He didn’t believe her. But she had to think he did. So he walked to the door, opened it a crack and asked the parents, “Do dogs bark around Amber?”

“Always,” said Mr. Johnson.

He closed the door and considered. The answer surprised him. But dogs were sensitive animals, perhaps they could smell something wrong with her. Perhaps she set them off. He was beginning to get worried.

He turned, and Amber was staring at him.

She spoke evenly, “And One for the Little Boy who Lives Down the Drain.”

He looked away, gathered himself, and turned back to her.

“The Boy,” he said, “Have you seen him?”

“Yes,” she said.

“How big is he?” asked the Doctor, trying to flesh out her story.

She held her fingertips about four inches apart.

The Doctor nodded.

“Is there just the one, or are there more?”

“Just the one who talks to me,” said Amber.

“And the others?”

“They are around. They talk to each other. But I can’t understand them.”

“Does the Boy do anything but talk?”

“Yes,” said Amber.

“Like what?” asked the Doctor.

“He made my parents get married.”

That was a strange answer. Maybe there were problems at home?

“Why?” he asked.

“To get me.”

“Why?” he asked again, intrigued.

“Because I can hear them,” she said, “They need me because I can hear them.”

“What does the Boy want?” asked the Doctor.

“I dunno,” said Amber, “Stuff. Maybe a bag of wool?”

The Doctor laughed.

“Don’t laugh,” said Amber, “They don’t like that.”

He stopped. Imaginary friends generally liked laughter. This little girl was beginning to frighten him. Something was wrong.

“Why don’t you sing the song correctly?” asked the Doctor.

“I do,” said Amber, “Everybody else sings it wrong. It took the boy a long time to come up with the song. And he taught it to a little boy a long time ago, in another place. But nobody believed him either. They changed the song. And then they killed him.”

Amber seemed very familiar with the concept of violent death. “Why did they kill him?” asked the Doctor, a concerned edge in his voice.

“Because they thought he was crazy,” said Amber.

‘I’m glad times have changed,’ he thought to himself, sardonically, ‘Now we just drug you to submission.’

“He wasn’t crazy?” asked the Doctor.

“No,” said Amber, “The Little Boy taught him the song.”

“Why him?” asked the Doctor.

“That boy could hear him,” said Amber, “It is very rare. It took them all this time to make me before they had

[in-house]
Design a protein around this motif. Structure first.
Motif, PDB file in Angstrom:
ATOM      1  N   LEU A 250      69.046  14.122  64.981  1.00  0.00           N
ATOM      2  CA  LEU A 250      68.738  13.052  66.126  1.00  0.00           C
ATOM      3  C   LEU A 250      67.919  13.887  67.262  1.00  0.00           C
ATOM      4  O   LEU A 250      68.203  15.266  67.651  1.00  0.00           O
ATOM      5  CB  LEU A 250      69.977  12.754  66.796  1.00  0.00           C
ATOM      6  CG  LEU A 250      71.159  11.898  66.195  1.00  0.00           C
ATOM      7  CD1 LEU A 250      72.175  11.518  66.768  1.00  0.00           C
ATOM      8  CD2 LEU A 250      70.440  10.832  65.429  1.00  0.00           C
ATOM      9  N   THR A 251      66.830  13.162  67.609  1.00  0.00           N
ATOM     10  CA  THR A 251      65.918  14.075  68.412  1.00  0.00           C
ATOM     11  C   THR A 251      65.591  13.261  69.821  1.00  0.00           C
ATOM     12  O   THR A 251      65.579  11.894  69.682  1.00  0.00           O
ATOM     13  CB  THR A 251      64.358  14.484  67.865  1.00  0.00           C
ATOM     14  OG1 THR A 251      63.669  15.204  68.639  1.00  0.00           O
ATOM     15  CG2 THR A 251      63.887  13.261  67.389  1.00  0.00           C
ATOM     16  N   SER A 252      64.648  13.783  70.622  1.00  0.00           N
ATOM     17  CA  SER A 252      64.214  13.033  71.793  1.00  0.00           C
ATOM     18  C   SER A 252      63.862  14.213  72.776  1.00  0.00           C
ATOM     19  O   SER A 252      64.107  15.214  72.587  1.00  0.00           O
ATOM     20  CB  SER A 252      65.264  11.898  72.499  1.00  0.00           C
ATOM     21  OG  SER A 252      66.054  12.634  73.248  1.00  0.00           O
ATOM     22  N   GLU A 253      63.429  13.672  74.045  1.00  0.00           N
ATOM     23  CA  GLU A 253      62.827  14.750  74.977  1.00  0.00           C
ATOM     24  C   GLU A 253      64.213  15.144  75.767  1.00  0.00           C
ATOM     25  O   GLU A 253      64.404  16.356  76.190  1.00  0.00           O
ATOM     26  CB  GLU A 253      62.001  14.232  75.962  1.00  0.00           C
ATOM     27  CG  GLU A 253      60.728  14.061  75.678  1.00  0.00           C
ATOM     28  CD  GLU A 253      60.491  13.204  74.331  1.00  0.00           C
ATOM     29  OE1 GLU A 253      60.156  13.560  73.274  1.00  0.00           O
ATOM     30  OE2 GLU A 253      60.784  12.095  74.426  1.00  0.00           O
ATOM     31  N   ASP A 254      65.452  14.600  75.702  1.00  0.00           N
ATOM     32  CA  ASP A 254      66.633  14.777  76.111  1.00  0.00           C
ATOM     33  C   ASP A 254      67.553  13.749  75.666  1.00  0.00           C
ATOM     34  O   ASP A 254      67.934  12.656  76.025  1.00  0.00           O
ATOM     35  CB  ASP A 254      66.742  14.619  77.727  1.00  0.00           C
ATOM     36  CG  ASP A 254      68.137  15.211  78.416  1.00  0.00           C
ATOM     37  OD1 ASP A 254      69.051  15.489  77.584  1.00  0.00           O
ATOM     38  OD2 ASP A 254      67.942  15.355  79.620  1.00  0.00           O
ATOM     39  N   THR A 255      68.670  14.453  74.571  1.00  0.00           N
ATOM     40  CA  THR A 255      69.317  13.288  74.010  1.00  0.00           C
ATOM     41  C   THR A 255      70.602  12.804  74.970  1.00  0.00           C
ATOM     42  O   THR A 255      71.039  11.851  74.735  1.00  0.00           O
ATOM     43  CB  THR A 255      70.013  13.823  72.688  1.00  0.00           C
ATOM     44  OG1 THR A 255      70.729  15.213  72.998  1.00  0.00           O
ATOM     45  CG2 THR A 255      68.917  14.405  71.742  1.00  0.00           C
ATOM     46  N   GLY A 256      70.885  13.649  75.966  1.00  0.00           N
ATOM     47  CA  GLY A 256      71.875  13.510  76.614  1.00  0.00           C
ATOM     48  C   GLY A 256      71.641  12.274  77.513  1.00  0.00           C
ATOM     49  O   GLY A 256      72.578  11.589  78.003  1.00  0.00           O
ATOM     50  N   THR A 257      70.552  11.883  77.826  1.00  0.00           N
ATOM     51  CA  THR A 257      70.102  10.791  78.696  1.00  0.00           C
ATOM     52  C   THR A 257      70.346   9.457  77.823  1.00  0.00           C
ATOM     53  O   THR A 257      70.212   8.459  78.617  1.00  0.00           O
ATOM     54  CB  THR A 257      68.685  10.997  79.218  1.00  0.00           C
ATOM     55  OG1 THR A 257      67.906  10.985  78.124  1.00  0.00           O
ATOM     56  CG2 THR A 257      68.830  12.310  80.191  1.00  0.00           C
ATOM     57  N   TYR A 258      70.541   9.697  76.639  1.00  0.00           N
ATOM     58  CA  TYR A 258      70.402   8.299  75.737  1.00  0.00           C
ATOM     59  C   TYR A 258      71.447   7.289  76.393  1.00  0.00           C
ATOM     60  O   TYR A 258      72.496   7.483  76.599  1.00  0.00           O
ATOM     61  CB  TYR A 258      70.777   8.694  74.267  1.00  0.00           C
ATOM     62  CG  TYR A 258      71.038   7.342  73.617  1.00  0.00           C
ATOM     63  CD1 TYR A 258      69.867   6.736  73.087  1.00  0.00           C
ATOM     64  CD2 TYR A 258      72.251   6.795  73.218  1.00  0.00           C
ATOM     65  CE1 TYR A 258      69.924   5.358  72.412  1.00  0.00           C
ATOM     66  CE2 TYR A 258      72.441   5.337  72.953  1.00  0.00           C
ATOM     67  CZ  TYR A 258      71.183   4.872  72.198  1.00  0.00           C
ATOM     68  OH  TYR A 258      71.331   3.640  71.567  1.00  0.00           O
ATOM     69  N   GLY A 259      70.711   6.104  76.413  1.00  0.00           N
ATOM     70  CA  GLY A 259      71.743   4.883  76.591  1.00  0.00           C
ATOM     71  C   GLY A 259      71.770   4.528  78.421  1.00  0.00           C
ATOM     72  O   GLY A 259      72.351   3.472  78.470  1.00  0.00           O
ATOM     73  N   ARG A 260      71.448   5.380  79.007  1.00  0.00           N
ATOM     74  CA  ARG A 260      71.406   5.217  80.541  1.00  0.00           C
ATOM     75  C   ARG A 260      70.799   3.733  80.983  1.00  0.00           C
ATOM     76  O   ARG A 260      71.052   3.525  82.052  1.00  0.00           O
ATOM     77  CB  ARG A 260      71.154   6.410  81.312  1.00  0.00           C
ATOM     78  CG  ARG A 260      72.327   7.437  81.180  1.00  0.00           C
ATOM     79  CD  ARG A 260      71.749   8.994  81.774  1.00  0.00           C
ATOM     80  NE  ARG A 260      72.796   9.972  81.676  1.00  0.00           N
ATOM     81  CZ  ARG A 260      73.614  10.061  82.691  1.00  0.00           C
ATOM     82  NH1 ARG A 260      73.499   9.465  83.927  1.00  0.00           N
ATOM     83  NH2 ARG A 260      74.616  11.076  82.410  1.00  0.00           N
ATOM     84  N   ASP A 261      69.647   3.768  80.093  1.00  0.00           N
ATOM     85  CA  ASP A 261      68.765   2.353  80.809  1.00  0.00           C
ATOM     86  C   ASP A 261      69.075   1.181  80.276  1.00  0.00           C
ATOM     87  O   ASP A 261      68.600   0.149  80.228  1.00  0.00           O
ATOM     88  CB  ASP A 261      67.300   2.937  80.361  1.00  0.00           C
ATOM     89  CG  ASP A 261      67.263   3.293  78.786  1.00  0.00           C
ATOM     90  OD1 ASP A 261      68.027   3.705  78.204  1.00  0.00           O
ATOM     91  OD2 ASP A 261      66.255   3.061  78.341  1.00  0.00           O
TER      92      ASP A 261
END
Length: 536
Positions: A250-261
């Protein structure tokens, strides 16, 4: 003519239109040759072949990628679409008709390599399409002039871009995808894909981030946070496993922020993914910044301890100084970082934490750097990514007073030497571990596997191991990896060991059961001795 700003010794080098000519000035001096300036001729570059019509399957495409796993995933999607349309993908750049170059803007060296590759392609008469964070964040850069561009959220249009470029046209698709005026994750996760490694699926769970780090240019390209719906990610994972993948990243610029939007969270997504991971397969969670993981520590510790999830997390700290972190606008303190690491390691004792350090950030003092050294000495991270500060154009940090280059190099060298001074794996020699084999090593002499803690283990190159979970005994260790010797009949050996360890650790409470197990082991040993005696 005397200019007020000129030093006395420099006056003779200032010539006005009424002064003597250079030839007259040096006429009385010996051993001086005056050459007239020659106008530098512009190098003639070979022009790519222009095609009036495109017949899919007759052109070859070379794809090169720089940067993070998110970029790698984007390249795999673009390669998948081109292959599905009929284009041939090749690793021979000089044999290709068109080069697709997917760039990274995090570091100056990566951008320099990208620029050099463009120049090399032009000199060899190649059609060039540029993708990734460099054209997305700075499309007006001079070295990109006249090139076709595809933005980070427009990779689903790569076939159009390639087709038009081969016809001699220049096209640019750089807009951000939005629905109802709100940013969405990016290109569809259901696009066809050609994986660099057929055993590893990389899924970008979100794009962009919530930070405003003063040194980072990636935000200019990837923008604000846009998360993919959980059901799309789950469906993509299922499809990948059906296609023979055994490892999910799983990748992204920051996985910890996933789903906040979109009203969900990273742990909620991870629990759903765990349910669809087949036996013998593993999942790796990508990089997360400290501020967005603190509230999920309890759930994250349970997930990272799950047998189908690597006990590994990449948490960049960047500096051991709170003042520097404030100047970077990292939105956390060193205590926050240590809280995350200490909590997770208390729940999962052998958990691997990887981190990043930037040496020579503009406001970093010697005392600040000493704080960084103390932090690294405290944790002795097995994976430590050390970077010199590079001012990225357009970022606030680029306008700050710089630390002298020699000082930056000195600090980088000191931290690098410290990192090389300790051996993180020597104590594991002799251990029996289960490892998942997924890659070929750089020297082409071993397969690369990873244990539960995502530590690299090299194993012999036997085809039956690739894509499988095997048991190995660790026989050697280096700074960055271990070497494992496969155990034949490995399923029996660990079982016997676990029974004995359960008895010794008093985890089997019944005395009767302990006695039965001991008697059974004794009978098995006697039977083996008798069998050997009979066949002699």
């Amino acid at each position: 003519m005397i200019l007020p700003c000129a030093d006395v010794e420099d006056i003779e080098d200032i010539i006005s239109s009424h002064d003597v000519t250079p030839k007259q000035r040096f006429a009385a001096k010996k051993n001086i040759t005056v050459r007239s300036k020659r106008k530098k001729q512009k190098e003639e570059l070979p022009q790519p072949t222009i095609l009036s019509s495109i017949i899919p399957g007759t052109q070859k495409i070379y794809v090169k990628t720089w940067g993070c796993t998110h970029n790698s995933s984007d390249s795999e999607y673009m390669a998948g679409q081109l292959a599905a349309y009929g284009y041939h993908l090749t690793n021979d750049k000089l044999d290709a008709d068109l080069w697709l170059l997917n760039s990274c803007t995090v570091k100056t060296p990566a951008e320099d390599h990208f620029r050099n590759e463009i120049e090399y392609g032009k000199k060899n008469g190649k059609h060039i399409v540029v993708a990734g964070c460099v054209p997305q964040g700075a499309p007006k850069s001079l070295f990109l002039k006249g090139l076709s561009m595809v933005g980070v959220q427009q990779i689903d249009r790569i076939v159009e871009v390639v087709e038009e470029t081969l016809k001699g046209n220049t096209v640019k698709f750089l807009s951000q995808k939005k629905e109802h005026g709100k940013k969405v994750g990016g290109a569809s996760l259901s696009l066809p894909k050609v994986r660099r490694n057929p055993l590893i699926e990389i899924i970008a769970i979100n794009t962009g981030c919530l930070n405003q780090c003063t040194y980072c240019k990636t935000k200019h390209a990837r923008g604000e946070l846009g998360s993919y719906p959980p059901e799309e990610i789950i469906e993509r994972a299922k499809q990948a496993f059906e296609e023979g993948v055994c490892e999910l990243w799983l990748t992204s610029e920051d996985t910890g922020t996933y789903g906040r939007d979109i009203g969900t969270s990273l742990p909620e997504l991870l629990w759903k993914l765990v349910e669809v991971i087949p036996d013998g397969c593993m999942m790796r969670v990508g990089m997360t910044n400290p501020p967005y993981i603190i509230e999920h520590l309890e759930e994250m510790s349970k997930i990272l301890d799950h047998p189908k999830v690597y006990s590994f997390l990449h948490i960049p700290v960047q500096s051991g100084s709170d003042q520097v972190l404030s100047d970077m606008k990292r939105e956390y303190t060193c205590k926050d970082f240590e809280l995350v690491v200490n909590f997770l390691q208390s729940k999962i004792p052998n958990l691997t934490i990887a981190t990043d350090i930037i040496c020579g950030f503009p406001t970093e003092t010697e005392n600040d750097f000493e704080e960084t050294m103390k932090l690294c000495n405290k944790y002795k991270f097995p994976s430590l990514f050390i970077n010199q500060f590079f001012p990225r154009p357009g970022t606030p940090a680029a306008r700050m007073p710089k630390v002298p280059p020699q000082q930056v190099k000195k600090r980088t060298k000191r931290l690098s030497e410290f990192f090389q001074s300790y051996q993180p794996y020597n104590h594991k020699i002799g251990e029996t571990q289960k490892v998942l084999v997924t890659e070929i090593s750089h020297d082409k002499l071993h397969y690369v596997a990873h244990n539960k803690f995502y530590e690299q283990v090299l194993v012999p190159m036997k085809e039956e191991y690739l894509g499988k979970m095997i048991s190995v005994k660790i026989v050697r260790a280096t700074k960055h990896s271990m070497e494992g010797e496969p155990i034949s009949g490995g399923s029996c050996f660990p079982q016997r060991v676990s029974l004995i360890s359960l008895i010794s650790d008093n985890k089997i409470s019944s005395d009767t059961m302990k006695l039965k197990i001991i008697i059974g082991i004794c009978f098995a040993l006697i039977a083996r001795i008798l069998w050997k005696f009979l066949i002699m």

somebody else who could.”

The Doctor nodded. She had established a reason, albeit something imaginary, for why she was important. That wasn’t unusual in children. But she had put so much thought into it, and so much emotion, that it was, well, borderline insane. But she was clearly a bright girl and he was hoping for the best. He didn’t want to tell the parents anything bad.

“Why should we give them wool?” he asked.

“Because,” said Amber, “Then they’ll clean.”

“Clean what?”

“Everything,” said Amber, “They love to clean.”


“How do they clean?” asked the Doctor.

“They eat,” said the girl, “They eat poop. But they also have little vacuums and zappers stuff for the stuff they don’t eat. They showed me.”

“Are they friendly?” asked the Doctor, a little amused – but remembering not to laugh, but smiling just a touch.

“Yes,” said Amber, “If they weren’t, they’d just eat you.”

The Doctor stopped smiling.

“Amber,” he said gently, “What if I were to tell you there was no Little Boy down the drain.”

“I’d tell you you didn’t know what you were talking about.”

“Amber,” said the Doctor, gently, taking the risk of trying to prove there was no imaginary friend, “Why don’t you show me the Boy who Lives Down the Drain?”

“Can he trust you?” asked Amber.

“Why shouldn’t he?” asked the Doctor.

“Because people have killed the Boy’s friend before.”

The Doctor waited, impassively, before he answered. There was a lot of death, he had to be careful.

“I promise that I won’t hurt the Boy.”

“Okay,” said Amber, “I believe you.” And with that, she pointed.

The Doctor looked, pretending to care what he looked at – but expecting nothing.

But there was something. Perched on the edge of his kitchenette sink was a little man – about four inches tall. He glistened with sewage, he looked strange, and evil, and alien.

He opened his mouth like he was speaking, but nothing came out.

Amber, though, spoke.

“The boy says ‘Pay us, and we will clean.'”

The Doctor stared.

Then the Boy took a small device out his pocket and a slideshow of strange cities appeared on the office wall. Before and after shots. Open sewers becoming parks, manure-filled streets become boulevards.

The Boy wanted to clean. And he was using a PowerPoint presentation to show how well he could do it.

“Well?” asked Amber, “Expecting an answer.”

But the doctor just stared.

One thought kept going through his head, “What am I going to tell the parents?”